The “contextualist” or constructivist critique of simplistic perennial philosophy came from Steven T. Katz in Mysticism and Philosophical Analysis (1978). Professor Katz, a scholar and philosopher, converged with poststructuralist doctrines in depicting mystical experiences as being intimately related to cultural characteristics, language styles, and personalities. He was concerned to contest Huxley, opposing the psychedelic movement. In his argument, there can be no pure experiences because of the cultural acclimatisations involved. Katz was in opposition to Joseph Campbell, Aldous Huxley, and Huston Smith. So is the present writer, though from a different perspective. Cf. Huston Smith, Cleansing the Doors of Perception (2000), describing the author’s introduction to mescaline in 1961 by the manic Timothy Leary. Linguistic and cultural conditioning arguments are relevant, but not exhaustive, in relation to the elusive experiential context for which substitutes are so frequently improvised.

In more general directions, the poststructuralist trend has relegated science to an indigent quarter of the academic edifice via such postmodernists as Paul Feyerabend, whose aesthetic inclinations to Dadaism are a testimony to caprice. Some commentators in this category say there is nothing outside the linguistic text. Like Derrida, their approach can be considered more nihilistic than empirical. Many “postmodernists” consider truth to be unattainable, a pessimism that is not enviable.

Professor Katz perceived that American Buddhism and American Hinduism did not resemble the originals, his point being that Westerners were influenced by their cultural conditioning into accepting a lax version of Asiatic religion (John Horgan, Rational Mysticism, 2003, p.46). However, this does not mean, for instance, that Gautama Buddha never had any “transcendent” experiences, only that the psychedelic new age wave were frequently incapable of such an elementary Asiatic observance as celibacy. Katz did not actually deny mystical experiences; he argued that there is no way of proving these are true even if they are true. In which case they could be true, so the subject is far from being closed by constructivism or poststructuralism. It is not necessary to believe that meditation is the key. Meditation has comprised a means of deception in suspect circles.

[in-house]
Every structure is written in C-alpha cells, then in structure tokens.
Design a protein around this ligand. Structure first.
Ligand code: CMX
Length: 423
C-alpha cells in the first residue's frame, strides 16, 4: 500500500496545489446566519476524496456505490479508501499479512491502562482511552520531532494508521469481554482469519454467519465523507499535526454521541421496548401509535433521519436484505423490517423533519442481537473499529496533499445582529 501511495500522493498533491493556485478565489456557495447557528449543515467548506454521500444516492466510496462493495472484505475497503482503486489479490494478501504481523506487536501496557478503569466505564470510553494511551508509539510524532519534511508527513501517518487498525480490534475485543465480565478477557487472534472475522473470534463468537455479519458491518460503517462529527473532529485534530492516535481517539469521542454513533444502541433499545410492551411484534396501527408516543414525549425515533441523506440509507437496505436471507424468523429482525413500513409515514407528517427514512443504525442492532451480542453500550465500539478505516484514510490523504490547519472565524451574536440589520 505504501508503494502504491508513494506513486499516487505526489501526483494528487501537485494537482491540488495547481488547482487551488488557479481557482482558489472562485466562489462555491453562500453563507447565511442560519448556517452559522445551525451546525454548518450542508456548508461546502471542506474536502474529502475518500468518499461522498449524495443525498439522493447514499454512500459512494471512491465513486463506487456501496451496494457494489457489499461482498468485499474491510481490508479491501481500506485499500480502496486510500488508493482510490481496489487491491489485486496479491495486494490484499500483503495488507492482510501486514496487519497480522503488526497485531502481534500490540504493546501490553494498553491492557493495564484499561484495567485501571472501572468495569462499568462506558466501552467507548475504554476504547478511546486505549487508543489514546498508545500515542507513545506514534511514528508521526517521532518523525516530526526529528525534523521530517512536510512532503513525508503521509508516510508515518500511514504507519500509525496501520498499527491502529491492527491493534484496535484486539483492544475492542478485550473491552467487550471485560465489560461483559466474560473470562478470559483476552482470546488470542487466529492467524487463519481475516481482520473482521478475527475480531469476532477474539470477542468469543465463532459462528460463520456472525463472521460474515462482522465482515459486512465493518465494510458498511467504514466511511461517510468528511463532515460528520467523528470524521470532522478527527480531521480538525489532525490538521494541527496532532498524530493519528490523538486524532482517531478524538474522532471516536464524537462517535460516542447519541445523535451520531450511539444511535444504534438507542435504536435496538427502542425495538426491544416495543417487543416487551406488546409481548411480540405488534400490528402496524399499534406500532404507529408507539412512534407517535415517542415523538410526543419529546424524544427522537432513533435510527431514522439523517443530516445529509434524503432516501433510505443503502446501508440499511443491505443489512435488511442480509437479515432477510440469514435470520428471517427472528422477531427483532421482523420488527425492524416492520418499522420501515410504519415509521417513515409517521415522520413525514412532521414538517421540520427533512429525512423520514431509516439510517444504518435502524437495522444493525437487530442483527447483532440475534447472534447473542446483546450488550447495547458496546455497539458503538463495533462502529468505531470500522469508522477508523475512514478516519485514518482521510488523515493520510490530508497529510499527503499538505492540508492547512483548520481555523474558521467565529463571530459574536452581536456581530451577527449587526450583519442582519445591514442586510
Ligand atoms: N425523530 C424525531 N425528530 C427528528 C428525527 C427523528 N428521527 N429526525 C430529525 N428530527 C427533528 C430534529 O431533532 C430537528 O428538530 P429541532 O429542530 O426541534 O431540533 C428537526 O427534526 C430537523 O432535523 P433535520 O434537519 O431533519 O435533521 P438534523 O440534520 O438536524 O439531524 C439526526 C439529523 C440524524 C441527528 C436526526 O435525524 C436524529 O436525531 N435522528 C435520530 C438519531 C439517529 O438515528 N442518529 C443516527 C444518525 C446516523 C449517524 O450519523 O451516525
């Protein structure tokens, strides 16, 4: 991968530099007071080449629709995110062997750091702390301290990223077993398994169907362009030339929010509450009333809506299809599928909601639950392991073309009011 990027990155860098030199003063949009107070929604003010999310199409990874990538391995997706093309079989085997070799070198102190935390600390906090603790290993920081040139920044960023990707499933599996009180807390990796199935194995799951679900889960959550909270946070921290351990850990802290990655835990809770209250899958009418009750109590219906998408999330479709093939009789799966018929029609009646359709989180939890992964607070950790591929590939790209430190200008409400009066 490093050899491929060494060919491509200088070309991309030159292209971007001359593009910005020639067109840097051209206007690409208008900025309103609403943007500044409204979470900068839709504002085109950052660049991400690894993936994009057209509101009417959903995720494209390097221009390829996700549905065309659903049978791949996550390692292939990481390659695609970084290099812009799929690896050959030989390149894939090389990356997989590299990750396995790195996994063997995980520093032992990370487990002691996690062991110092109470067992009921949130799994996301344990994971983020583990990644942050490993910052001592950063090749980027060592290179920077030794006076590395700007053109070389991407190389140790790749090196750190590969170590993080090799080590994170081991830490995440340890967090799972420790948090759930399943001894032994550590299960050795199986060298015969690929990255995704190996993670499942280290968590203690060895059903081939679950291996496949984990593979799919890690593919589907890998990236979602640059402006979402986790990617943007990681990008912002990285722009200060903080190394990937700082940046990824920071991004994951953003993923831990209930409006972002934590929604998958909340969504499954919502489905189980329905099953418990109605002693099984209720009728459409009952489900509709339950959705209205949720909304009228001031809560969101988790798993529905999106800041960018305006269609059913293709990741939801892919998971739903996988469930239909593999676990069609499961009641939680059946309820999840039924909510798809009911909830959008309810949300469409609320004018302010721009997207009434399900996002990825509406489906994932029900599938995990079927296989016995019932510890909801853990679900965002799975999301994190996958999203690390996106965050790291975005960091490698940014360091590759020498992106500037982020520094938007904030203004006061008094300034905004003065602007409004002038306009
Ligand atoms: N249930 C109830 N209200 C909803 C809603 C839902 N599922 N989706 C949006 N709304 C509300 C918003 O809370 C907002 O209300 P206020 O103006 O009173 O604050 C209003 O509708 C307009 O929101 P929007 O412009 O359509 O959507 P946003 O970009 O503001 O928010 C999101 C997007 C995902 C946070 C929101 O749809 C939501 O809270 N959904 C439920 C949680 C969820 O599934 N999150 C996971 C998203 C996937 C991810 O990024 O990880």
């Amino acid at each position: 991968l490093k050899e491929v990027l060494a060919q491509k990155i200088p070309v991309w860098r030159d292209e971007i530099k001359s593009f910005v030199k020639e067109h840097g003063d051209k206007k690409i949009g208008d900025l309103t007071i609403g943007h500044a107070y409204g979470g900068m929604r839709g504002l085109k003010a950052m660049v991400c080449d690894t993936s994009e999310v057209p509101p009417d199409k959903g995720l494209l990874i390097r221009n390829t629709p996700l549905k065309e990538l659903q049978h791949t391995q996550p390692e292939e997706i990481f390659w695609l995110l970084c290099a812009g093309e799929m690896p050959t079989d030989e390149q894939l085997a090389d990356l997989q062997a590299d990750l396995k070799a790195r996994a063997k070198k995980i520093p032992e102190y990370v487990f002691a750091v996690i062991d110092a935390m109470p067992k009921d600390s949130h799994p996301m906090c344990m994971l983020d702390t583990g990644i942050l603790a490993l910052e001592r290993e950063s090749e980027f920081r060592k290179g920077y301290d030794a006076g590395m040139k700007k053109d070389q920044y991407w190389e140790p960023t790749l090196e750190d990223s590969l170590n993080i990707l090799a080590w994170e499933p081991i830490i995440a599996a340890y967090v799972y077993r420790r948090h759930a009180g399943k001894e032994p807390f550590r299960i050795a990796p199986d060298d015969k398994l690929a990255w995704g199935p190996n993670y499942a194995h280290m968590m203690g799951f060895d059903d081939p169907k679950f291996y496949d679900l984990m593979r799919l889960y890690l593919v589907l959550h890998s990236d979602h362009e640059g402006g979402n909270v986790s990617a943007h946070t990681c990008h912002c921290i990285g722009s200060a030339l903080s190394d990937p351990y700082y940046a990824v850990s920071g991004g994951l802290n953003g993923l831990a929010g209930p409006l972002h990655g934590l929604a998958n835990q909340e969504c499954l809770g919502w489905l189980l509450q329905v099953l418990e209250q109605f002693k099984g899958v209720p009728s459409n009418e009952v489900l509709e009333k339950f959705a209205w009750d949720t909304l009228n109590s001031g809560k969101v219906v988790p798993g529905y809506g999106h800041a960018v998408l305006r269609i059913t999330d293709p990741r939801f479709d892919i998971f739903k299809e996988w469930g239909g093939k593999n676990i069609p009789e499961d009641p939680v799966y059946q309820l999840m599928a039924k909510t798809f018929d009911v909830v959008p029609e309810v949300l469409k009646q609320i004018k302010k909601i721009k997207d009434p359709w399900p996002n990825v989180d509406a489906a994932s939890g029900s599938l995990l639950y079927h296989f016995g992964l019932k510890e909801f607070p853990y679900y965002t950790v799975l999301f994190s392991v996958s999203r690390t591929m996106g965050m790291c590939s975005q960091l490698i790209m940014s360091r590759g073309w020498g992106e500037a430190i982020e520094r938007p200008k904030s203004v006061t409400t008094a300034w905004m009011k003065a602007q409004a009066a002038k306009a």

14.5  Ken Wilber and Adi Da Samraj

There is yet another basic problem discernible. Some exponents of the perennial insist that they are able to chart advanced experiential states of mind. The difficulties arising here are related to evident factors of subjective preference. For instance, in Ken Wilber’s version of the perennial, a controversial American guru, early known as Da Free John, was credited with very advanced experiential states. This elevation was strongly disputed elsewhere in view of the antinomian reputation of Da Free John, alias Adi Da Samraj (Shepherd, Some Philosophical Critiques and Appraisals, pp. 74-101). The related surfeit of “crazy wisdom” lore has percolated the American scene in popular alternative religion, with confusions abounding as a consequence.



l to r: Ken Wilber, Adi Da Samraj

The real name of Da Free John was Franklin Jones (1939-2008). This entity generated an extreme form of pseudo-perennialism (some critics say that he was only equalled in that respect by Bhagwan Shree Rajneesh). He exhibited a changing preference for exotic names, both for himself and his sect. Over the years he styled himself as Bubba Free John, Heart Master Da, Avatar Adi, Da Avadhoota, Da Love Ananda, Da Kalki, Da Avabhasa, and Adi Da Samraj. At the time of his death, his full title was Ruchira Avatar Adi Da Samraj. His community became known as Adidam, formerly favouring such designations as Free Daism and the Johannine Daist Communion.